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University of Pennsylvania student is 10th on ‘over-stressed campus’ to commit suicide in three years after jumping in front of train

It’s sad to read the aforementioned article published by the New York Daily News on April 14, 2016.

We have been talking about suicide prevention in the past on major social media and hope that U.S. colleges and universities could do more to stop similar tragedies from happening over and over again.

Below is an article we published on    The purpose of this article is to bring a possible remedy or alternative to the indifferent and unempathetic managerial style on many U.S. campuses.    We believe educational institutions bear the responsibility of their students’ wellbeings, including their mental health.

Nearly every school offers crisis counseling services as part of its preventive CRM (Customer Relations Management) system.    But does this system actually work?  How many times a year do your students in need of help actually ask for it before a tragedy happens?

We often hear the three pillars of success – IQ, EQ, and AQ.    Which of these three is most crucial? Let’s take a look at some examples of Chinese students studying in the U.S., and whose tragedies may have been averted.[/vc_column_text][vc_btn title=”Yale Student’s Golden Gate Bridge Suicide” color=”mulled-wine”][vc_column_text]Around 10:30 am on Jan. 27, 2015, Lu Chang  Wang, a 20-year-old Chinese student at Yale, crossed the rail of the Golden Gate Bridge and jumped to her death.  What could have prompted this young, brilliant lady to end her life? Here are some clues:

Student death raises questions on withdrawal policies

Harvard Student Leaped to His Death

The evening of April 6, 2014, an Asian American at Harvard University died after jumping from a 7-story building.    “Andrew Sun was known as a bright student, a humble listener, and a mentor.  He was well-known on the Harvard campus for his involvement in the Harvard College.”   Andrew Sun was in the class of 2016.

MIT Chinese Student Suffered Psychologically

On October 26, 2012, a Chinese graduate student at MIT’s Sloan School of Management’s MBA program was found dead at her home.  She was known as Guo Heng or Nikita Guo.    Most of her friends said she had a pleasant personality, but they had no idea that that she was suffering psychologically from culturally induced pressure.

Guo Heng wrote in her blog of how she felt inferior to her Western peers.  She also stated “my only advantage over my classmates is fluent Chinese.” She further complained “I can’t compete with them whatsoever in intelligence, efficiency or professionalism.

Preventive CRM Starts with Identifying the Potential Problems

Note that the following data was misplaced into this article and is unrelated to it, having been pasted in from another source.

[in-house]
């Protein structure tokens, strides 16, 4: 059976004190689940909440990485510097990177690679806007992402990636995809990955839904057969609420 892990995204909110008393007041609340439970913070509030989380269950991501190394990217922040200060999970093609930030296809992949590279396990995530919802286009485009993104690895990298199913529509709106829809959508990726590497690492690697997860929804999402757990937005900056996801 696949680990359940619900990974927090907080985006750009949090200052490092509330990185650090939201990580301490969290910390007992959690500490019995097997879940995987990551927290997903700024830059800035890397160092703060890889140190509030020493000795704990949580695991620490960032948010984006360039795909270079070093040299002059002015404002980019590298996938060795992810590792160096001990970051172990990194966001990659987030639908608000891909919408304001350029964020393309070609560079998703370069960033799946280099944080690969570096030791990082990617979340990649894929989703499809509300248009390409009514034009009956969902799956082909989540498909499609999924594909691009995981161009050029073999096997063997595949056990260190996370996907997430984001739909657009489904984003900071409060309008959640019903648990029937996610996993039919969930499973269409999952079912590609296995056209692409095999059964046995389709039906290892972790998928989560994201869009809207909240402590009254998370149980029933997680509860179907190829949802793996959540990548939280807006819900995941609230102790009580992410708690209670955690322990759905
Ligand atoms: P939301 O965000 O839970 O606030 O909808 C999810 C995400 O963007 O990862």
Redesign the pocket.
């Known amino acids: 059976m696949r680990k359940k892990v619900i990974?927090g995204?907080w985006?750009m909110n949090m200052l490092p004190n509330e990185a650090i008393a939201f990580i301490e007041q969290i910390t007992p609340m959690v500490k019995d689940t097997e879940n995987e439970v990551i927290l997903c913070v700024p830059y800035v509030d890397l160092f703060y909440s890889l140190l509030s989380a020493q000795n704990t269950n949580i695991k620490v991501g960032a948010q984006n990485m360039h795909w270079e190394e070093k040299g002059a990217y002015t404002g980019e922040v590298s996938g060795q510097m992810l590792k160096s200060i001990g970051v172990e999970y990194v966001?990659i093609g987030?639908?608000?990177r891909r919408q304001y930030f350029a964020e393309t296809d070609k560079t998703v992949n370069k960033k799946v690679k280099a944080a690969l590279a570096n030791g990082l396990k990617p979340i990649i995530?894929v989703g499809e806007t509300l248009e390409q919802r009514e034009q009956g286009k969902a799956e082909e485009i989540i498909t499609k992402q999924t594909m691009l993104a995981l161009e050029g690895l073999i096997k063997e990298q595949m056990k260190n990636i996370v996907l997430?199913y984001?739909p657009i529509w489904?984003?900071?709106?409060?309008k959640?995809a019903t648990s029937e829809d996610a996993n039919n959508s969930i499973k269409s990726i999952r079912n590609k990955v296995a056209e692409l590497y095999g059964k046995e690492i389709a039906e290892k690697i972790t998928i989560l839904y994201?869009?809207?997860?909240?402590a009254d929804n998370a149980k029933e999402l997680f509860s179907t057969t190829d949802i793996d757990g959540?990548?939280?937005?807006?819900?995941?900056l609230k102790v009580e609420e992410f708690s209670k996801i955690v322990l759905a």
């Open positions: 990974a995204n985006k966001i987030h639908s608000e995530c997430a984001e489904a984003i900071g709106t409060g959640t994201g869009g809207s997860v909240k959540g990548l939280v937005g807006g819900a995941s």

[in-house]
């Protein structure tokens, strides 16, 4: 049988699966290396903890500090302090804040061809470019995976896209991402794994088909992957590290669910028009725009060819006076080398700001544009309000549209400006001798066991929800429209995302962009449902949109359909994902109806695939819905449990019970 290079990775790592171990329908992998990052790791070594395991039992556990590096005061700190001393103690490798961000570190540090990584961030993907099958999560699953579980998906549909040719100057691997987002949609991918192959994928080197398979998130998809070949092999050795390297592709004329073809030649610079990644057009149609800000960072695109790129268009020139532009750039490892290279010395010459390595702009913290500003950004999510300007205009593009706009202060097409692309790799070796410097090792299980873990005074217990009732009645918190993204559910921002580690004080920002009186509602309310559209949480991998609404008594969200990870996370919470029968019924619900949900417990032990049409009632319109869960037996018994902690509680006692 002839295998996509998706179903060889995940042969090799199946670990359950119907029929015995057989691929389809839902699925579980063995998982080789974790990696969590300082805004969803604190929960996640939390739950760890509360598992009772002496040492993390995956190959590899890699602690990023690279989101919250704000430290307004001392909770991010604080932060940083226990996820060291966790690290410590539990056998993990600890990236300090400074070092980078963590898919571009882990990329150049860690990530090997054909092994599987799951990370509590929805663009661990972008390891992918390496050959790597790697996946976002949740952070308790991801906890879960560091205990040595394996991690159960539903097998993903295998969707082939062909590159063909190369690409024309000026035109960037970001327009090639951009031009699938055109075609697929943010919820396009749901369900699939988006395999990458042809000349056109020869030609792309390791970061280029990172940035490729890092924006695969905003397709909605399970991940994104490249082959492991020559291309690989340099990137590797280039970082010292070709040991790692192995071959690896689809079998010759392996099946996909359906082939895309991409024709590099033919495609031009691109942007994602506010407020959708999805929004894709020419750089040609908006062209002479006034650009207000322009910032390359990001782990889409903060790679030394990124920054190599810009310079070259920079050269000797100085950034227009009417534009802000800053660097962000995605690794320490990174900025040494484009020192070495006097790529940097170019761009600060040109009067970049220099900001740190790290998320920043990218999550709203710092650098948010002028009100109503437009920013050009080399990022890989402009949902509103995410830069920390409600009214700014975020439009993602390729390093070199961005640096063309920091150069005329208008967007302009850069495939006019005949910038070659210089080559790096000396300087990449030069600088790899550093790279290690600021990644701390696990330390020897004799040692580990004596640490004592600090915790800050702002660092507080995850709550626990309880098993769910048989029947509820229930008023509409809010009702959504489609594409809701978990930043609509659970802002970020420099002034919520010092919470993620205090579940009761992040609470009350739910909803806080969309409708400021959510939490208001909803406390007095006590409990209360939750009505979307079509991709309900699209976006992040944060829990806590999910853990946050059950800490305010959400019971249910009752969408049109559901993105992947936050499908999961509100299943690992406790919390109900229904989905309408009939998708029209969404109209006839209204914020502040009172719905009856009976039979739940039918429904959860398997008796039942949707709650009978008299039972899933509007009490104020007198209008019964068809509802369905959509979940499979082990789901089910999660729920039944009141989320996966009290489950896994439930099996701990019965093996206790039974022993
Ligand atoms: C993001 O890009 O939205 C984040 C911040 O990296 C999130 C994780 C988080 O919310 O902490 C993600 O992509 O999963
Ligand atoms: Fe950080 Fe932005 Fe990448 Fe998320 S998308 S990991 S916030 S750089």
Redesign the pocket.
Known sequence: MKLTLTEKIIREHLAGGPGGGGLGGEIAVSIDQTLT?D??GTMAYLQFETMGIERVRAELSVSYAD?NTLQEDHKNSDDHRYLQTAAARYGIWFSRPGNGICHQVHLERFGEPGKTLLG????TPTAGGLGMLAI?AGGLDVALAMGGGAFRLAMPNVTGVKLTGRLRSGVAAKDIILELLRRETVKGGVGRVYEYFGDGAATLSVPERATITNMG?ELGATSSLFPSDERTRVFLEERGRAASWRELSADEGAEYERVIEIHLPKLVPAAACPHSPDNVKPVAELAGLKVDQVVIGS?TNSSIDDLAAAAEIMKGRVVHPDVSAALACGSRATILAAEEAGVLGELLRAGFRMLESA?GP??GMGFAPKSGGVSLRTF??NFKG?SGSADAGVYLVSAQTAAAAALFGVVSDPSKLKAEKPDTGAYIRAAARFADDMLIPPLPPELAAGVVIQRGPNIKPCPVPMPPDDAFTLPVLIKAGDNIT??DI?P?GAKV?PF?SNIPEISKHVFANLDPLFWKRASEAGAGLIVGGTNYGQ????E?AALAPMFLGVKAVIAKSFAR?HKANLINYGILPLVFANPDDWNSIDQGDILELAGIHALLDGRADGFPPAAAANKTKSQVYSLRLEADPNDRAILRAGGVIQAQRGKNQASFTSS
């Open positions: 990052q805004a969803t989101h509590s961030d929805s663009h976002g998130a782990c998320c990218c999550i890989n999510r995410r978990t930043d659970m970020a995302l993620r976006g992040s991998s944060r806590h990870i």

China’s most outstanding students are used to having praise lavished upon them. They are not necessarily used to being criticized. So when they arrive to study in the west, even the most gentle, constructive criticism is often misinterpreted as harsh and demeaning.     A Chinese student at Harvard, for example, ended his life because he thought his professor’s criticism to him was unreasonable.  He also could not bear the fact that Harvard’s  highly competitive environment meant that he was no longer number one in his class. .

Under China’s one-child policy, many parents pressure their only child to outperform others.  As mentioned in my earlier blog (to cheat or not to cheat), this goal is achieved by any and all means.   All that matters is being number one in class. Second place is not acceptable, and may even be considered disgraceful.   Falling short of this goal often leads to severe depression and even suicide.

Chinese students represent one of the largest international demographics on many campuses today.  Our experience proves that your Chinese enrollment figures are impacted by how well you manage international relationships.

Although Chinese prefer nationally ranked schools to those in the lower tiers, there is no excuse for poor CRM.  In fact, as an unbranded school entering the Chinese market, it is essential that you double down on you CRM efforts.

Psychological Quiz on Your Application Form is Helpful

Teaching foreign students how to deal with adversity early on in their new environment is worth considering.  A psychological EQ & AQ quiz on your school’s application forms may also help to spot potential flashpoints before they erupt.

Preventing depression and suicide among international students begins  with your administration.  It’s important that your mission to educate students should include schooling your administrative staff on cultural sensitivities to avert disaster.

(Author: T. Gray, co-founder of Access Education, LLC)